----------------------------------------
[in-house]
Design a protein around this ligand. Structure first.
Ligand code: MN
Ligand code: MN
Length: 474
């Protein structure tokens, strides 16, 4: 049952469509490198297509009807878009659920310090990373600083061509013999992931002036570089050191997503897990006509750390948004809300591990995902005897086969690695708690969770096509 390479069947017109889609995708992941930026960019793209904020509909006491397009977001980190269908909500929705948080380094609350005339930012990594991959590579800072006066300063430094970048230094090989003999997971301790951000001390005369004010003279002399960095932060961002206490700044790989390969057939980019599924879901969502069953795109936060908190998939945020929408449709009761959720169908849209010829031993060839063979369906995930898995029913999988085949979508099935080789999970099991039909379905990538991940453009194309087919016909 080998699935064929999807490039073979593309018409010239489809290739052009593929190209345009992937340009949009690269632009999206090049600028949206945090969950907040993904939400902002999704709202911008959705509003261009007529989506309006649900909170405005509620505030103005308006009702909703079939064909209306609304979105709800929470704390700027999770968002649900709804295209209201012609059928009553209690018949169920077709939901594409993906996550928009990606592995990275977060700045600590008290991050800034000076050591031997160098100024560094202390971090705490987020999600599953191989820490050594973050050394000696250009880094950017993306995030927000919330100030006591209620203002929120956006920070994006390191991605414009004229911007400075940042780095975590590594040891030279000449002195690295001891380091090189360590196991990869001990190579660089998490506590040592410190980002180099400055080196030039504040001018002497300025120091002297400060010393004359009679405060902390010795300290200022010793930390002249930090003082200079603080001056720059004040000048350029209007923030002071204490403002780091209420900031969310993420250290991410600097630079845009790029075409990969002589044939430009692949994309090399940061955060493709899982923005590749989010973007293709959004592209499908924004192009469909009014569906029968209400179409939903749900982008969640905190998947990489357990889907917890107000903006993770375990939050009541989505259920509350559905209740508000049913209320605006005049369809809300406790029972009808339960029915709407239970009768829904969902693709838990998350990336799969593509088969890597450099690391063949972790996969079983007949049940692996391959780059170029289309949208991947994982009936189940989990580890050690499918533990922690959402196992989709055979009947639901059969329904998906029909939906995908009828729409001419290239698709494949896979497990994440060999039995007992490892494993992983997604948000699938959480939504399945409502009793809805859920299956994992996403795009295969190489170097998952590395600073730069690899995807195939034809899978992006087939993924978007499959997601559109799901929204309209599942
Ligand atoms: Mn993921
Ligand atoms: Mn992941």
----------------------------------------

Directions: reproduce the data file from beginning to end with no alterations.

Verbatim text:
[in-house]
Design a protein around this ligand. Structure first.
Ligand code: MN
Ligand code: MN
Length: 474
């Protein structure tokens, strides 16, 4: 049952469509490198297509009807878009659920310090990373600083061509013999992931002036570089050191997503897990006509750390948004809300591990995902005897086969690695708690969770096509 390479069947017109889609995708992941930026960019793209904020509909006491397009977001980190269908909500929705948080380094609350005339930012990594991959590579800072006066300063430094970048230094090989003999997971301790951000001390005369004010003279002399960095932060961002206490700044790989390969057939980019599924879901969502069953795109936060908190998939945020929408449709009761959720169908849209010829031993060839063979369906995930898995029913999988085949979508099935080789999970099991039909379905990538991940453009194309087919016909 080998699935064929999807490039073979593309018409010239489809290739052009593929190209345009992937340009949009690269632009999206090049600028949206945090969950907040993904939400902002999704709202911008959705509003261009007529989506309006649900909170405005509620505030103005308006009702909703079939064909209306609304979105709800929470704390700027999770968002649900709804295209209201012609059928009553209690018949169920077709939901594409993906996550928009990606592995990275977060700045600590008290991050800034000076050591031997160098100024560094202390971090705490987020999600599953191989820490050594973050050394000696250009880094950017993306995030927000919330100030006591209620203002929120956006920070994006390191991605414009004229911007400075940042780095975590590594040891030279000449002195690295001891380091090189360590196991990869001990190579660089998490506590040592410190980002180099400055080196030039504040001018002497300025120091002297400060010393004359009679405060902390010795300290200022010793930390002249930090003082200079603080001056720059004040000048350029209007923030002071204490403002780091209420900031969310993420250290991410600097630079845009790029075409990969002589044939430009692949994309090399940061955060493709899982923005590749989010973007293709959004592209499908924004192009469909009014569906029968209400179409939903749900982008969640905190998947990489357990889907917890107000903006993770375990939050009541989505259920509350559905209740508000049913209320605006005049369809809300406790029972009808339960029915709407239970009768829904969902693709838990998350990336799969593509088969890597450099690391063949972790996969079983007949049940692996391959780059170029289309949208991947994982009936189940989990580890050690499918533990922690959402196992989709055979009947639901059969329904998906029909939906995908009828729409001419290239698709494949896979497990994440060999039995007992490892494993992983997604948000699938959480939504399945409502009793809805859920299956994992996403795009295969190489170097998952590395600073730069690899995807195939034809899978992006087939993924978007499959997601559109799901929204309209599942
Ligand atoms: Mn993921
Ligand atoms: Mn992941």